SOUTH BEND, Ind. -- With the impending departure of the seven Catholic basketball schools from the Big East, Notre Dame finds itself in the precarious position of potentially not knowing in which conference it might play basketball and other sports next season.
Notre Dame announced in September that it's leaving the Big East, and it's contractually obligated to play in the league for two more years. But the uncertainty of the current environment and the possibility that Notre Dame could find itself without a league next season has athletic director Jack Swarbrick concerned.
"It is an untenable situation and we have to actively consider how we can get to resolution," Swarbrick told SI.com on Monday. "You have two halves of a conference splitting and that creates real uncertainty for Notre Dame given the things that have to be negotiated among those parties."
The biggest issue hovering over the future of both leagues is their lack of a television agreement. The Big East's basketball television deal ends at the end of this season. The new league, which is just days old, has been shopping itself for a deal.
What makes the situation with the broken up Big East so tenuous is that the lack of a television deal means that it is highly unlikely that any network would offer a significant one- or two-year deal that would allow schools like Notre Dame, Rutgers and Louisville to fulfill their contract. The chances of any network offering a reasonable deal for a stopgap league are slim. And with interest high in the Catholic 7's unnamed conference television rights, there's likely little desire for those schools to stay for the next two seasons as well.
"I just think that, not withstanding what the parties' intentions may be, that the challenges of entering into new media agreements may play a big role in what the timing really is," Swarbrick said. "Neither party to this dispute has a media agreement at the end of this basketball season."
Swarbrick said that there is significant pressure considering that Notre Dame's fall sports begin in just seven months. If Notre Dame waits too long to make a move, it could be left out.
"In the worse case scenario, the divorce gets worked out and no one has custody of the kid," he said. "I'm not looking to be independent in 26 sports."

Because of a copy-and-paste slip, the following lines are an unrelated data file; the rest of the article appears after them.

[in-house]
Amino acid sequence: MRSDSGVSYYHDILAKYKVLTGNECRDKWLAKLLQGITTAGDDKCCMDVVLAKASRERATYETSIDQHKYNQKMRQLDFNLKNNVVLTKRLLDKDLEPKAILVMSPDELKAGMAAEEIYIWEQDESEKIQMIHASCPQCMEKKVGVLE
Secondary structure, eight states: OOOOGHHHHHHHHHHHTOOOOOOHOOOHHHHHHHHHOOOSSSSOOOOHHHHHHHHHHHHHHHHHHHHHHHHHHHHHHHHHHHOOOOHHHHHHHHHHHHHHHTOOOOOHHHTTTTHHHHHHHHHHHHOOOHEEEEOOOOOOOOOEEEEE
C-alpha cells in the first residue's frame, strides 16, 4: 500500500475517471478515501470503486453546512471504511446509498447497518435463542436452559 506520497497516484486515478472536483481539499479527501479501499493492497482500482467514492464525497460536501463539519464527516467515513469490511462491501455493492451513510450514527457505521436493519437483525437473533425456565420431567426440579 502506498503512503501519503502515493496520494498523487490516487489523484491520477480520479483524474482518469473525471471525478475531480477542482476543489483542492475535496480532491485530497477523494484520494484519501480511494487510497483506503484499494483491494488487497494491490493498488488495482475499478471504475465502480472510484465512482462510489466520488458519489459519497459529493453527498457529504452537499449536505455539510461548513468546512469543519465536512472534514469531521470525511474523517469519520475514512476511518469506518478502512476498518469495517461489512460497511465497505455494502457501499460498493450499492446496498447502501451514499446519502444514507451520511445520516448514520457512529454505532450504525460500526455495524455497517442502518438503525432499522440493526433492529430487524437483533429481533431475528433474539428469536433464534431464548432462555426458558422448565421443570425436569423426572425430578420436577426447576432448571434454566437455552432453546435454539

So what's next?
Swarbrick said that the ACC is open to taking Notre Dame in basketball and other sports next season without having to fulfill football-scheduling obligations.
"I really don't know," he said regarding Notre Dame's next move. "I'm not trying to dodge the question. There's a lot of moving parts. There's a time pressure on that side, too. They have to know what their season is going to look like."
One of Swarbrick's biggest frustrations has been being boxed out of the Big East discussions. Notre Dame announced it was leaving the league in September. Under its Mutual Commitment Agreement with the league, Notre Dame does not owe an exit fee.
Swarbrick said that Notre Dame paying a big buyout to leave the league is "frankly not something that we ever contemplated."
One of Swarbrick's other issues has been being left out of deliberations, which means Notre Dame essentially doesn't even know what its potential options are.
"You have to be able to articulate what those options are," he said. "A big part of the timetable that's now playing out and our lack of involvement in the process is that we can't get a handle on that."
Big East commissioner Mike Aresco responded by offering, "We had engaged in preliminary discussions with Notre Dame. Those discussions would likely be resumed. The basketball schools' announcement was just made on Saturday. By terms of our bylaws, Notre Dame could be playing in our conference through 2014-15 as would the basketball schools, Louisville and Rutgers."
Swarbrick said he's not sure what the next move is, but he promised not to sit idly.
"The bottom line is that I don't know what's next," Swarbrick said. "We can't just sit by and hope that this works out."